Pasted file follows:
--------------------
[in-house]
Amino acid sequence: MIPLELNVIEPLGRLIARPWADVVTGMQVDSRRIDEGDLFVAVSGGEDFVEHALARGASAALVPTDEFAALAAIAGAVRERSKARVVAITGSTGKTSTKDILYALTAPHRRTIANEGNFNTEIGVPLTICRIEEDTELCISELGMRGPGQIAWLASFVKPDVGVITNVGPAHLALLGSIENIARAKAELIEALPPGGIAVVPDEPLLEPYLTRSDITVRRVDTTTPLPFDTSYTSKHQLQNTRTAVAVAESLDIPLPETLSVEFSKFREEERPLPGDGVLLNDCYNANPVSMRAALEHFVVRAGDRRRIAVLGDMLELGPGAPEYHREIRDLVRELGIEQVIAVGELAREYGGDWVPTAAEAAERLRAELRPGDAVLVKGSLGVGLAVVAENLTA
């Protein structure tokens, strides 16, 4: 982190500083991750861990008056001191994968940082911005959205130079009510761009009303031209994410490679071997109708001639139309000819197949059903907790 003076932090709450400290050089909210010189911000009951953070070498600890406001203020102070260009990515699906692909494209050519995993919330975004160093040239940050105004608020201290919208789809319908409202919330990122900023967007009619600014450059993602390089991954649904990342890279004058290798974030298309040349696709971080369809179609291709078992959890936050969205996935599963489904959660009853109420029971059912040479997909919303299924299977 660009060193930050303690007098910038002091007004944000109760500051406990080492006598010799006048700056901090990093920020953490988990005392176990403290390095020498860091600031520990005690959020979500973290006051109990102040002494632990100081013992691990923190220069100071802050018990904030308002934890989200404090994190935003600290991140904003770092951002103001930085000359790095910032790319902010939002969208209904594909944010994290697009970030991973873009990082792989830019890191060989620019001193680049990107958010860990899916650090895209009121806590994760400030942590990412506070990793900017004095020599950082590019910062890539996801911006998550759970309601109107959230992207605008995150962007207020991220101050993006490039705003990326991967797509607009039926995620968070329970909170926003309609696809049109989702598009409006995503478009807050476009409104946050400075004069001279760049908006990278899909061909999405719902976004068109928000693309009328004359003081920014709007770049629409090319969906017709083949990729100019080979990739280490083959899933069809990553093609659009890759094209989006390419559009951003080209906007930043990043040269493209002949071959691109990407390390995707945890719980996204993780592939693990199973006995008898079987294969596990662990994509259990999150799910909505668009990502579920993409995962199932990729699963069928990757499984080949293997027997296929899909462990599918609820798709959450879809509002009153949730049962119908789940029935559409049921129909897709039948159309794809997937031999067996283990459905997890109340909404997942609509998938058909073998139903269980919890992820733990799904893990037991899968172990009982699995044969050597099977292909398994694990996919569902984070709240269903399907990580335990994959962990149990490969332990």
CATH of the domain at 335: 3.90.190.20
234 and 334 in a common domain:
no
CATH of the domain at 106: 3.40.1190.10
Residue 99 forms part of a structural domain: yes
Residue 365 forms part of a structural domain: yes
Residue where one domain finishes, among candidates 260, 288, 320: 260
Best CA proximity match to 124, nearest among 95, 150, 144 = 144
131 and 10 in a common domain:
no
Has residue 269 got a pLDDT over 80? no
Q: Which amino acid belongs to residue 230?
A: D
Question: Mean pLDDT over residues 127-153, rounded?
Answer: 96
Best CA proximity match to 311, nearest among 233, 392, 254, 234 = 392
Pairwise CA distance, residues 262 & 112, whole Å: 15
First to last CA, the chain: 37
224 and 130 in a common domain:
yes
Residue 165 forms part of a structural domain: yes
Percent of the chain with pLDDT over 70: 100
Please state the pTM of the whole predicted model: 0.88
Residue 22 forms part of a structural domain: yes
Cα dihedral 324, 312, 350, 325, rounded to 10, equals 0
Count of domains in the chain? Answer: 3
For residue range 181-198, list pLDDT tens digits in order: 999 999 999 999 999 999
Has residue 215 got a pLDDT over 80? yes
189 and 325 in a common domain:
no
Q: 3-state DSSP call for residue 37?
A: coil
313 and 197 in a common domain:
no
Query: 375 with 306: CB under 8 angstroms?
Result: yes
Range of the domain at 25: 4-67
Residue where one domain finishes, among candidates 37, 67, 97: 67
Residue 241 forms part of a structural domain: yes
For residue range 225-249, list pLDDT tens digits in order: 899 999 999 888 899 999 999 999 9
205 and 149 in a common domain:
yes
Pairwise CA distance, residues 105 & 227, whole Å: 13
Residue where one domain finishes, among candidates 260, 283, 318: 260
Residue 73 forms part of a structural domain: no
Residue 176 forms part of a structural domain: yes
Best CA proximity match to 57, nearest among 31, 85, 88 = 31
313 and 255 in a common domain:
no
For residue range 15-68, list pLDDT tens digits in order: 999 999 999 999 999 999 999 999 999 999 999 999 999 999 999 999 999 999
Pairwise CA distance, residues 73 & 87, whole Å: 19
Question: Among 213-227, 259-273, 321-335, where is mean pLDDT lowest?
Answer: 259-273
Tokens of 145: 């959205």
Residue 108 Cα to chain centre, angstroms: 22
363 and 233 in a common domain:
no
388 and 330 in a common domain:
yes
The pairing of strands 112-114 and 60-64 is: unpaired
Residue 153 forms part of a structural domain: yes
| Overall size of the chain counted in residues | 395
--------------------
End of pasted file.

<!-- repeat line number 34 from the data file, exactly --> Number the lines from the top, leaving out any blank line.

Q: 3-state DSSP call for residue 37?